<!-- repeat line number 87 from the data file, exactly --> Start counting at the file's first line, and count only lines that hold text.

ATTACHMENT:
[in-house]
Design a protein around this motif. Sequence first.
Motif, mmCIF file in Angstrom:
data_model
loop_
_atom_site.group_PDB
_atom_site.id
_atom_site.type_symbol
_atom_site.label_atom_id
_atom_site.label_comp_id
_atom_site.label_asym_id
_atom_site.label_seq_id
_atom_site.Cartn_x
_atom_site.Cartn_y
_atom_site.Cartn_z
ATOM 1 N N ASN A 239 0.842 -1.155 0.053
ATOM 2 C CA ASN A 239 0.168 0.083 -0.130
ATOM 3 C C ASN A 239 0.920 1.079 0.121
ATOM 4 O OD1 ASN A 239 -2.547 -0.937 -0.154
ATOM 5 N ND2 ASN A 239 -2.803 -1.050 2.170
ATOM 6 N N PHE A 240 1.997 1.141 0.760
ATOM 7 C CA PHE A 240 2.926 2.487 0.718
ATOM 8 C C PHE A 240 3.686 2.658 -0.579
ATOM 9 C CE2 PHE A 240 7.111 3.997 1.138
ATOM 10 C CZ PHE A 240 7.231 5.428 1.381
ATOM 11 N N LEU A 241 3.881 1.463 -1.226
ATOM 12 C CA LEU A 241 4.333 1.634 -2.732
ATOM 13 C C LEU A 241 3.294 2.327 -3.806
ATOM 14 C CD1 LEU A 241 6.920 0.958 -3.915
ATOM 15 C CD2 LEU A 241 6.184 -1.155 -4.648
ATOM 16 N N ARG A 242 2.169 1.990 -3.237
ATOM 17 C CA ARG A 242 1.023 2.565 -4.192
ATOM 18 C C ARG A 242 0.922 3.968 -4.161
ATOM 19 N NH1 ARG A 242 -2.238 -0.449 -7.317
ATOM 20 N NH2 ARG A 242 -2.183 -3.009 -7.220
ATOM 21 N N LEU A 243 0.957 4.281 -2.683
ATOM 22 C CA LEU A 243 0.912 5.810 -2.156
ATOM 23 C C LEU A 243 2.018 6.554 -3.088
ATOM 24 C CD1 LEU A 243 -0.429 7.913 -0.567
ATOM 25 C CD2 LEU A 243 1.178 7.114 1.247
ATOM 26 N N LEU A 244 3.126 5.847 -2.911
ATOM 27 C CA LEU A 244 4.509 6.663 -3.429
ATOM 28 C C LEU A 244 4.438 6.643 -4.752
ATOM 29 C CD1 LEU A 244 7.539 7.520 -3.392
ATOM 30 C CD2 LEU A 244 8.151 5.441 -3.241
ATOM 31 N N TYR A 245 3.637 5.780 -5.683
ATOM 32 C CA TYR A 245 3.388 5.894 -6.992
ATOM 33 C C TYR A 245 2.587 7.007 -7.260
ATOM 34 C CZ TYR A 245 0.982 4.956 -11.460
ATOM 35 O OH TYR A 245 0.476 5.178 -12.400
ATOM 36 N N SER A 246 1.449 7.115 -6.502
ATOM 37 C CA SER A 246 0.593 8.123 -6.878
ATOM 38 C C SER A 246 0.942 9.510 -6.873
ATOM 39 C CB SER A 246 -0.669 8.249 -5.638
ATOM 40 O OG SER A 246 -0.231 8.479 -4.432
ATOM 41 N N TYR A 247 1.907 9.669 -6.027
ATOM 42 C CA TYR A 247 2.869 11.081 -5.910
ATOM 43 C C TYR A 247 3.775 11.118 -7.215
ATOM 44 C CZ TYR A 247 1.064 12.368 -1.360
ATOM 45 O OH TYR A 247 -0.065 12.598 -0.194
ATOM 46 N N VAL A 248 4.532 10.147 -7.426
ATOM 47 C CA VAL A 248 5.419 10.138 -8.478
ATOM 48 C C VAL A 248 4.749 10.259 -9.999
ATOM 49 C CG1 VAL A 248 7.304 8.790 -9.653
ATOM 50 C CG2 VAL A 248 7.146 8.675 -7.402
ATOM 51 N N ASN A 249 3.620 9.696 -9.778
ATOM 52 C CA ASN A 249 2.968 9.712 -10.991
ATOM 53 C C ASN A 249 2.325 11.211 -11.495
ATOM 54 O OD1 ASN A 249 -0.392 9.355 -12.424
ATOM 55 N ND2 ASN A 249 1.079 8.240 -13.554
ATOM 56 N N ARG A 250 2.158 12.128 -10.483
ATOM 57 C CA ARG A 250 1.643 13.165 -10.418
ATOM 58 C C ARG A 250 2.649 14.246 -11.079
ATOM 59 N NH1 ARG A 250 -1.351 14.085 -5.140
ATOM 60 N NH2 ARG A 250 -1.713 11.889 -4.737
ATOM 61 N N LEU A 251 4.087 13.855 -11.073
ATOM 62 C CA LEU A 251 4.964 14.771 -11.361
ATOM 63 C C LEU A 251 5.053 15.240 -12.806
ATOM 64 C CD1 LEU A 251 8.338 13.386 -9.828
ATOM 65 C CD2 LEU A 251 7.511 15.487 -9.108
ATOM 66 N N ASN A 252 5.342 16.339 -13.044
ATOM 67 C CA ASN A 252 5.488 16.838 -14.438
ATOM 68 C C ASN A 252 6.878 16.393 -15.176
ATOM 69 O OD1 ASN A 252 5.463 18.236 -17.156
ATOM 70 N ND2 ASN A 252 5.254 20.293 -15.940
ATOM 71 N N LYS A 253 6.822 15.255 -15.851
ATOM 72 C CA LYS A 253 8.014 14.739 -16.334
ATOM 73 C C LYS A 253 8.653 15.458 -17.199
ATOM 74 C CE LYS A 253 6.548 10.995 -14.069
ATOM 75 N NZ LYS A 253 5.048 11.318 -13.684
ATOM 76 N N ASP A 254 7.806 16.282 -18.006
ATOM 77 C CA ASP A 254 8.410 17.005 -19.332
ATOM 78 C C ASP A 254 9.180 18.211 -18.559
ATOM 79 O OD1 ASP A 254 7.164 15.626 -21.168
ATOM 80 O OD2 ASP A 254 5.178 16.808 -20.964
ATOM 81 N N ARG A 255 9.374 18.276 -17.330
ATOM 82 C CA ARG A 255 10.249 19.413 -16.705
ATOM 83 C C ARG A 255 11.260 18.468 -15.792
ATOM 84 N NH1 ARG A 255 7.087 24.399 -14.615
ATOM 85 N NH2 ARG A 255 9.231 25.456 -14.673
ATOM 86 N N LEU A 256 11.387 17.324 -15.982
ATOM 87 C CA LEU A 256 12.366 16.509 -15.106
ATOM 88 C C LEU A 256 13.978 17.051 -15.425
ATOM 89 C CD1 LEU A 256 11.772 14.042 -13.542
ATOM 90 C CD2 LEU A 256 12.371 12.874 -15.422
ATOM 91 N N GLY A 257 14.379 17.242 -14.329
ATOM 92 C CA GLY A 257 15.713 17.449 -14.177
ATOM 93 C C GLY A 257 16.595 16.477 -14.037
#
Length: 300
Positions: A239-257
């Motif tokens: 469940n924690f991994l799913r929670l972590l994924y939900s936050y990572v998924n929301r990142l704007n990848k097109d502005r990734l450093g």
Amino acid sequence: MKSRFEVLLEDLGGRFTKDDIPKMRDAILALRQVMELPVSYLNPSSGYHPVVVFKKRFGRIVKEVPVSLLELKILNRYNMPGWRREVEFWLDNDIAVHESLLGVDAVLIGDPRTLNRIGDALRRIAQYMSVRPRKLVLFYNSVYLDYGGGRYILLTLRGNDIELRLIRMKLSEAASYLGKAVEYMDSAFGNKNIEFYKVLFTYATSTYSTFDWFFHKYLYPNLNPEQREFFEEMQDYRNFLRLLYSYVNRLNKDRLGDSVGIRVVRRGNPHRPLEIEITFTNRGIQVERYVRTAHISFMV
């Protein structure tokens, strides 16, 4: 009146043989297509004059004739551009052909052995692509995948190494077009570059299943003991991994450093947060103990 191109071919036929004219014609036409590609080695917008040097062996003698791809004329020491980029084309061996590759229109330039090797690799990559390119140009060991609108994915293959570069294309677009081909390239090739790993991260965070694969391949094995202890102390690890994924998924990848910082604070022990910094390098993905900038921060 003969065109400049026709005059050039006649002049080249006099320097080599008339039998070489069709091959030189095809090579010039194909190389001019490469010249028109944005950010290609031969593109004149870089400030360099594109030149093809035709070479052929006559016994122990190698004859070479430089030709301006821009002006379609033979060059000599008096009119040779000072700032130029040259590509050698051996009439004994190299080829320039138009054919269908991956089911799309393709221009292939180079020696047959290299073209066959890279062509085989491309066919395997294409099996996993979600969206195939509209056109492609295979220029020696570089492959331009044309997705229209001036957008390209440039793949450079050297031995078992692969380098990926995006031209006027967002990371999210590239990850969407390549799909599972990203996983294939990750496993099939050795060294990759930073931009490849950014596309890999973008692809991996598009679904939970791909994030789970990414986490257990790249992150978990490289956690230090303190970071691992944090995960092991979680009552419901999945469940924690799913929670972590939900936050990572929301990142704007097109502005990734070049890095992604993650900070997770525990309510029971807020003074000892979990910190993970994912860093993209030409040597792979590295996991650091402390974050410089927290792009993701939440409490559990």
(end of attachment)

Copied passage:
ATOM 72 C CA LYS A 253 8.014 14.739 -16.334